Chronological History of the American Civil War

P a g e | 26

Monday, October 28, 1861 : Hardeman County plantation owner/planter, merchant, and civic leader, John Houston Bills (The Pillars) wrote in his diary: “Employed Elias J. Hicks as overseer to my Cornucopia farm for 1862. He is also to attend to a few hands for M.T. Polk on his farm where he (Polk) proposes to make a corn, wheat, & oat crop. We pay him $250 in Cash. Furnish him 500 lbs in pork; Bread & milk; 1 half bb of molasses. He has one cow which he may bring on my place & he is to manage & work under my Direction. I furnish no cook nor washer woman. Circuit Court today. William Sellers died at the Hospital this morning at 10 minutes past 12. I am present.” A man in Braintree, Mass., was accused of spreading pro-secessionist statements. He was ridden out of town on a rail. Tuesday, October 29, 1861 : A total of 77 Union vessels had been brought together at or near Fort Monroe at Hampton Roads, Virginia. In addition to the captains and crews of the ships, who were under the command of Flag Officer Samuel du Pont, (pictured) there were assembled more than 16,000 soldiers under General Thomas W. Sherman (no relation to William Tecumseh Sherman, incidentally.) It was the biggest fleet, and the largest joint Army-Navy effort, ever assembled to this date in North America. They departed today for Port Royal, South Carolina, where they knew they would face considerable danger as it had been heavily fortified by the Confederacy. They faced dangers of another sort as the expedition was getting underway, as a gale had blown up off Cape Hatteras and all landlubbers were miserable. Wednesday, October 30, 1861 : The Confederates sink stone-filled boats downriver from Fort Donelson, near Dover, Tennessee to discourage Union gunboats from coming upriver, but their efforts are wasted when the river rises. Meanwhile, Grant’s troops capture Lookout Mountain, Tennessee. However, food is so scarce in the Chattanooga area that the Union soldiers are said to be stealing feed from the horses. Now the Federals are able to open the “Cracker Line” to supply the besieged Union army at Chattanooga, bringing in food, blankets, firewood, medicine, and ammunition along the water route from Bridgeport. Thursday, October, 31, 1861 : General Winfield Scott (U.S.) convinces Lincoln to grant his retirement request and General McClellan succeeds him. Confederate soldiers unsuccessfully attack a Union encampment in Morgantown, Kentucky. Friday, November 1, 1861 : General Scott formally relinquishes his post as General-in-Chief of the United States Army, allowing 34-year-old General George Brinton McClellan to assume control. President Lincoln and his cabinet bid General Scott farewell. In the Atlantic, the storm off Cape Hatteras leaves the Union Port Royal expedition scattered. During the storm, the transport U.S.S. Governor sinks, but the crew is rescued by the U.S.S. Sabine . In Missouri, without Lincoln's permission, General Fremont (U.S.) agrees to exchange prisoners with General Price. Fremont refuses to see any military personnel because he knows Lincoln has sent the letter ordering his removal. Saturday, November 2, 1861 : The British steamer Bermuda , a blockade runner carrying 2,000 bales of cotton, escapes from Charleston, South Carolina. General John C. Fremont finally relinquishes command, sending a farewell address to his men and returning to his wife in St. Louis. Jeff Thompson's Southern Raiders are active again in Missouri. The Union fleet approaches South Carolina and Port Royal. The governor of Tennessee requests that citizens furnish Confederate soldiers with rifles and shotguns due to a shortage of weapons. Sunday, November 3, 1861 : In Missouri, Major General David Hunter (U.S.) relieves Fremont of command. At Fairfax Court House, Virginia, General Thomas J. "Stonewall" Jackson (CSA) prepares to leave for Winchester to begin his Valley Campaign. Monday, November 4, 1861 : A Union naval force arrived at Port Royal Bar. An anchorage here gave the Unionists dominance along the whole coast of South Carolina and allowed the blockade to be better enforced. Major General Thomas "Stonewall" Jackson assumes command of the Shenandoah Valley District. Hardeman County plantation owner/planter, merchant, and civic leader, John Houston Bills (The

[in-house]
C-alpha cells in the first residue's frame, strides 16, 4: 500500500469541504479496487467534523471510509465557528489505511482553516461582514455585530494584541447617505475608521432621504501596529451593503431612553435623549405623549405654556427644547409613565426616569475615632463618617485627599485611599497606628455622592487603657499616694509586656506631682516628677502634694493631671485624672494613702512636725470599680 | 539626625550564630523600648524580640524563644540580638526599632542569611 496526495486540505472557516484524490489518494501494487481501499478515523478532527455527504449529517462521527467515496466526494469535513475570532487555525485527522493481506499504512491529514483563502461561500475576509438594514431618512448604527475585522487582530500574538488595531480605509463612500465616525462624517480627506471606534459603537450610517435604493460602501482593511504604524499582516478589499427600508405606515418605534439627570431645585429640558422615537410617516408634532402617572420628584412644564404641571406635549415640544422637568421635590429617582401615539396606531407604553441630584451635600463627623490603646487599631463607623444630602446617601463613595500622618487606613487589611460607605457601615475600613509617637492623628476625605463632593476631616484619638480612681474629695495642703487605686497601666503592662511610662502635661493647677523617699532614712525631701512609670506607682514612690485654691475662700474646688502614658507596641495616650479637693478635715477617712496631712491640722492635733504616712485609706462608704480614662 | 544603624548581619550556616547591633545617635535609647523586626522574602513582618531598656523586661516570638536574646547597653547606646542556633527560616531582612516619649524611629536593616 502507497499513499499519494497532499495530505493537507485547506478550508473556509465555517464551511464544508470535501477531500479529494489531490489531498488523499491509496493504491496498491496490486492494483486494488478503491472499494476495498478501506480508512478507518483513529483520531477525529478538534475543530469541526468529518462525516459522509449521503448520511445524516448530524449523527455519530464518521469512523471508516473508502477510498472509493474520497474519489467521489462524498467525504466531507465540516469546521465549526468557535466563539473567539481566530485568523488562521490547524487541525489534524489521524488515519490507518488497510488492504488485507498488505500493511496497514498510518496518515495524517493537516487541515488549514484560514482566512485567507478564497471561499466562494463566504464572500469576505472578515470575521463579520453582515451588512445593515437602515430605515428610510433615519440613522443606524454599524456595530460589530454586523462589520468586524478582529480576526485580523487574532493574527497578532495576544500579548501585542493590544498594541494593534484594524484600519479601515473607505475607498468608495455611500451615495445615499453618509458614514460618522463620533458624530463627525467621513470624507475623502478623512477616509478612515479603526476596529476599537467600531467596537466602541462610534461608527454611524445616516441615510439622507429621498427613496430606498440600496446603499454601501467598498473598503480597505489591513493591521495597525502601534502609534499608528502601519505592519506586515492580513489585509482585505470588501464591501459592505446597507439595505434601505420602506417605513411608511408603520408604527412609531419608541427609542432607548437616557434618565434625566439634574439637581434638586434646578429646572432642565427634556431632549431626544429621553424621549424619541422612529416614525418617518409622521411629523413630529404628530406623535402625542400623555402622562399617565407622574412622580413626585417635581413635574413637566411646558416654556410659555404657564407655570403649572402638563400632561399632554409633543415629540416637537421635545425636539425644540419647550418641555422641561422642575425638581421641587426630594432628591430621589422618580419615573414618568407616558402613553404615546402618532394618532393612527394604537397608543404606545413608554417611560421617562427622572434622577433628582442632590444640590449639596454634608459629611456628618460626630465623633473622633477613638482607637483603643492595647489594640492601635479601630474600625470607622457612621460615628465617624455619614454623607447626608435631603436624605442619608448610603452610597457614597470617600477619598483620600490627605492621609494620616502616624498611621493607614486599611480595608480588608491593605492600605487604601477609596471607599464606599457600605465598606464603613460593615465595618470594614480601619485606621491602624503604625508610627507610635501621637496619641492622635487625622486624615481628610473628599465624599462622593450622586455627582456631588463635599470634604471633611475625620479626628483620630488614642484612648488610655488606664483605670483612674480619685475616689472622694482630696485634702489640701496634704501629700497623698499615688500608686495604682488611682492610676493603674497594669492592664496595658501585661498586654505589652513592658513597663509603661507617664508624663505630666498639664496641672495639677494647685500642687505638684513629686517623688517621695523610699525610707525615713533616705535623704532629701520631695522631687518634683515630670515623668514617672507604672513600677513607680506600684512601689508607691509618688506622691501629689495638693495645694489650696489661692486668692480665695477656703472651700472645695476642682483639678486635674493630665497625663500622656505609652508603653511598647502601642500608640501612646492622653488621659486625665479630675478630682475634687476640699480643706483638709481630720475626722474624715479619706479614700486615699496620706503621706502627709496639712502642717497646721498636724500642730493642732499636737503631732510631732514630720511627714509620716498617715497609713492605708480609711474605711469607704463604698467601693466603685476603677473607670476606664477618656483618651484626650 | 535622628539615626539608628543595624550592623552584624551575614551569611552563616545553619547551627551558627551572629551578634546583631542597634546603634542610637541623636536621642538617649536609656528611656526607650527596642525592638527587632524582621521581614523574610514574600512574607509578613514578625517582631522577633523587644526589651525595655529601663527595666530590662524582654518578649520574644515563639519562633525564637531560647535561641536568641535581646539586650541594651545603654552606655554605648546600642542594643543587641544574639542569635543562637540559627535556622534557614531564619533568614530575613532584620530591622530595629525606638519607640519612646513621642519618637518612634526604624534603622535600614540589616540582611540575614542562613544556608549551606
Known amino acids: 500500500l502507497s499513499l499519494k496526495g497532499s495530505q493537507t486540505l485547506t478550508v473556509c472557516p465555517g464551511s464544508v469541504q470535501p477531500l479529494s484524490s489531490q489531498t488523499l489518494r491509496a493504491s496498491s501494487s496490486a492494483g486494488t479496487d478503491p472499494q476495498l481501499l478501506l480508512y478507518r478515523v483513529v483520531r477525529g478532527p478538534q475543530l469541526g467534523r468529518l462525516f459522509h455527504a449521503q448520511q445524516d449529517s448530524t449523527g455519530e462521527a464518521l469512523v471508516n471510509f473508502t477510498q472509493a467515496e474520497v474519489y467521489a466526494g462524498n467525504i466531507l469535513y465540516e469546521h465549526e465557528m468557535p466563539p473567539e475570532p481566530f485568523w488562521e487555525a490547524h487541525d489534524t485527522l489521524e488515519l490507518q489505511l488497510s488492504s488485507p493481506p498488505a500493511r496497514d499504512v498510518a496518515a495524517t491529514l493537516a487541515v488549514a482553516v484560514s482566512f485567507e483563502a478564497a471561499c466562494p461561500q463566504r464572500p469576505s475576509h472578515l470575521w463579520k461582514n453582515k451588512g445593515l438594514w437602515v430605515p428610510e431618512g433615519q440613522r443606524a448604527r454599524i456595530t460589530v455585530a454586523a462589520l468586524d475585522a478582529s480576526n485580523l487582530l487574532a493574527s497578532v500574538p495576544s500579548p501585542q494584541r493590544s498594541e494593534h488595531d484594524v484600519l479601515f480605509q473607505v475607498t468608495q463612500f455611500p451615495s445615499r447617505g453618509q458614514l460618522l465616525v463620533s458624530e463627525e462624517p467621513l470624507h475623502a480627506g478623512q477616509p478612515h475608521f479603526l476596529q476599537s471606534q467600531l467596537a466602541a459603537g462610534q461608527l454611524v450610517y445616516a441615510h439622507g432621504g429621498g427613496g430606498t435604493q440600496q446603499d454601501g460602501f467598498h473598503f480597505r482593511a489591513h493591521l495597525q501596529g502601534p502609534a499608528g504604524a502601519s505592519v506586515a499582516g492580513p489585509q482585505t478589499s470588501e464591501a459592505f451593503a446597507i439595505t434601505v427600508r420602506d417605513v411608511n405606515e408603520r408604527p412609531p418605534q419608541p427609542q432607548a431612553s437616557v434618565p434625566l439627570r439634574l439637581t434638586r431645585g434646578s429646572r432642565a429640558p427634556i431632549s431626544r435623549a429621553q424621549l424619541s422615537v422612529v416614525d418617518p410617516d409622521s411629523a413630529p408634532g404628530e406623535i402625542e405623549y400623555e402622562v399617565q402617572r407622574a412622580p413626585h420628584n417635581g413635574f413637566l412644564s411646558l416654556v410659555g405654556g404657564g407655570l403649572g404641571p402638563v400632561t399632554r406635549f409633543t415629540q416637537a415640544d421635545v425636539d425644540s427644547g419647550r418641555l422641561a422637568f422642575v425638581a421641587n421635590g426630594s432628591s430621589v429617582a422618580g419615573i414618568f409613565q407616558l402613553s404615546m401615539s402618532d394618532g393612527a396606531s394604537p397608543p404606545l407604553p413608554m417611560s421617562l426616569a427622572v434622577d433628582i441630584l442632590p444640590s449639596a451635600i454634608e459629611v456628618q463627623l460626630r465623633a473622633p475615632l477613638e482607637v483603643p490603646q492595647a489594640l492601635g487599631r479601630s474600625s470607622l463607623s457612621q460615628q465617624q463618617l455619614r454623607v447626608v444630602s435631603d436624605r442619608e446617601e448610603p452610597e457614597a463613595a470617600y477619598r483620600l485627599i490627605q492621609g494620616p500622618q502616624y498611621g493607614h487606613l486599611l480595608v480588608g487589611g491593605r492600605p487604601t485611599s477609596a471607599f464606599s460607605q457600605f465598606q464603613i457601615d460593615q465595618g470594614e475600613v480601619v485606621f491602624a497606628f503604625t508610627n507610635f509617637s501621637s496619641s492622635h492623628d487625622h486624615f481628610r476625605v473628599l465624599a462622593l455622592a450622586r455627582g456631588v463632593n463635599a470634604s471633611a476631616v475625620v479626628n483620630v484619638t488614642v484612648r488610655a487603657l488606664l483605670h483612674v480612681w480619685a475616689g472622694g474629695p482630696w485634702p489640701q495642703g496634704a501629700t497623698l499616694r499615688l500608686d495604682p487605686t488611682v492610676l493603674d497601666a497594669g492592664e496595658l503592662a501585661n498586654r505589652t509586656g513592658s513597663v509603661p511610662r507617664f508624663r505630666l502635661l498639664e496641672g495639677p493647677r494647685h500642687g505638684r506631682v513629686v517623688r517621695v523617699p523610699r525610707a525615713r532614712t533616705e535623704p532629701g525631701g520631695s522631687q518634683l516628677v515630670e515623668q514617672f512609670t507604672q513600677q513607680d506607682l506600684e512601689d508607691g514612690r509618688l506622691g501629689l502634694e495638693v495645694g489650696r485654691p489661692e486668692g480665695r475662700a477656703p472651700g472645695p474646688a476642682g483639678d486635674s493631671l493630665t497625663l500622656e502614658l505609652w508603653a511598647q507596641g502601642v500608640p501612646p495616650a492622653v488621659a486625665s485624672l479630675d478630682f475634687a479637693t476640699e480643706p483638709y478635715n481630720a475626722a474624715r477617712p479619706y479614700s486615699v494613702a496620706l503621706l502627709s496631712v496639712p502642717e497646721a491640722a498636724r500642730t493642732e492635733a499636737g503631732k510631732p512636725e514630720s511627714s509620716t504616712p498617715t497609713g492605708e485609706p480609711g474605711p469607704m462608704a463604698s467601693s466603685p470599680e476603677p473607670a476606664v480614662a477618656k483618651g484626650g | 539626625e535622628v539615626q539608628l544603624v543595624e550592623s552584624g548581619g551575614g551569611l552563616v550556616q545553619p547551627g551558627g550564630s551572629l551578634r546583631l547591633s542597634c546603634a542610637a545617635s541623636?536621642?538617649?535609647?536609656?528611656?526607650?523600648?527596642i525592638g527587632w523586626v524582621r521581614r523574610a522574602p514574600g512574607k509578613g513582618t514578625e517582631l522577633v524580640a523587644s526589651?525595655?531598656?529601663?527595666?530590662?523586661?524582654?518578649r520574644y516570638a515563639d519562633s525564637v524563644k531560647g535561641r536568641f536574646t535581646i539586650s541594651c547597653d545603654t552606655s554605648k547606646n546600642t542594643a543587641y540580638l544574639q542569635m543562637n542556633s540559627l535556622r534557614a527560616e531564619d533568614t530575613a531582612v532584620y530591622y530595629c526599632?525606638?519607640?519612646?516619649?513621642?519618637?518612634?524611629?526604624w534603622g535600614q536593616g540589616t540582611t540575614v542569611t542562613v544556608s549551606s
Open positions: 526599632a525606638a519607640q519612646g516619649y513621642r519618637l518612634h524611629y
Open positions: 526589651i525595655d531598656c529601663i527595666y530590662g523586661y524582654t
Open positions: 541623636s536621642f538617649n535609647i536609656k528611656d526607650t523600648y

Made with FlippingBook Online newsletter